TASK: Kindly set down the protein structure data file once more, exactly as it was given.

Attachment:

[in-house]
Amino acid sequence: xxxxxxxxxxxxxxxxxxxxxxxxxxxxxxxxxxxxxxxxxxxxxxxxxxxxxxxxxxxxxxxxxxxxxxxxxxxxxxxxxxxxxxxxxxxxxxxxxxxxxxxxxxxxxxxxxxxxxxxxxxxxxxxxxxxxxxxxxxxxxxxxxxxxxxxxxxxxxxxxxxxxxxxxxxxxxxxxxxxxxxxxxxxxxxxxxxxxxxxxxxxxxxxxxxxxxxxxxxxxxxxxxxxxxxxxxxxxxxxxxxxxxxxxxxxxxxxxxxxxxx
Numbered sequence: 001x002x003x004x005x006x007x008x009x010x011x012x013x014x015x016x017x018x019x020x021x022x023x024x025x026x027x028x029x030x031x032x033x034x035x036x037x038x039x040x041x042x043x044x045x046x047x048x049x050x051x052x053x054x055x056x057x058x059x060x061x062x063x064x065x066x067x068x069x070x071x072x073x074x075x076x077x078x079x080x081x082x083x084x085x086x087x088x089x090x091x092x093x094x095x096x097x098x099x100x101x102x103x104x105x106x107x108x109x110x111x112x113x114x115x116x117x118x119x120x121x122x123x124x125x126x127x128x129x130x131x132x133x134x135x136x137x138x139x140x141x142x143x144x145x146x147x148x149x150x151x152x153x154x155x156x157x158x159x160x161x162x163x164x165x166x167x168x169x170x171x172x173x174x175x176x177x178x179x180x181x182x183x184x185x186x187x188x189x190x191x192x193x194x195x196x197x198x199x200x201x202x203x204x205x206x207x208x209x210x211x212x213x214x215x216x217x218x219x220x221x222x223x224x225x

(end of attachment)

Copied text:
[in-house]
Amino acid sequence: xxxxxxxxxxxxxxxxxxxxxxxxxxxxxxxxxxxxxxxxxxxxxxxxxxxxxxxxxxxxxxxxxxxxxxxxxxxxxxxxxxxxxxxxxxxxxxxxxxxxxxxxxxxxxxxxxxxxxxxxxxxxxxxxxxxxxxxxxxxxxxxxxxxxxxxxxxxxxxxxxxxxxxxxxxxxxxxxxxxxxxxxxxxxxxxxxxxxxxxxxxxxxxxxxxxxxxxxxxxxxxxxxxxxxxxxxxxxxxxxxxxxxxxxxxxxxxxxxxxxxx
Numbered sequence: 001x002x003x004x005x006x007x008x009x010x011x012x013x014x015x016x017x018x019x020x021x022x023x024x025x026x027x028x029x030x031x032x033x034x035x036x037x038x039x040x041x042x043x044x045x046x047x048x049x050x051x052x053x054x055x056x057x058x059x060x061x062x063x064x065x066x067x068x069x070x071x072x073x074x075x076x077x078x079x080x081x082x083x084x085x086x087x088x089x090x091x092x093x094x095x096x097x098x099x100x101x102x103x104x105x106x107x108x109x110x111x112x113x114x115x116x117x118x119x120x121x122x123x124x125x126x127x128x129x130x131x132x133x134x135x136x137x138x139x140x141x142x143x144x145x146x147x148x149x150x151x152x153x154x155x156x157x158x159x160x161x162x163x164x165x166x167x168x169x170x171x172x173x174x175x176x177x178x179x180x181x182x183x184x185x186x187x188x189x190x191x192x193x194x195x196x197x198x199x200x201x202x203x204x205x206x207x208x209x210x211x212x213x214x215x216x217x218x219x220x221x222x223x224x225x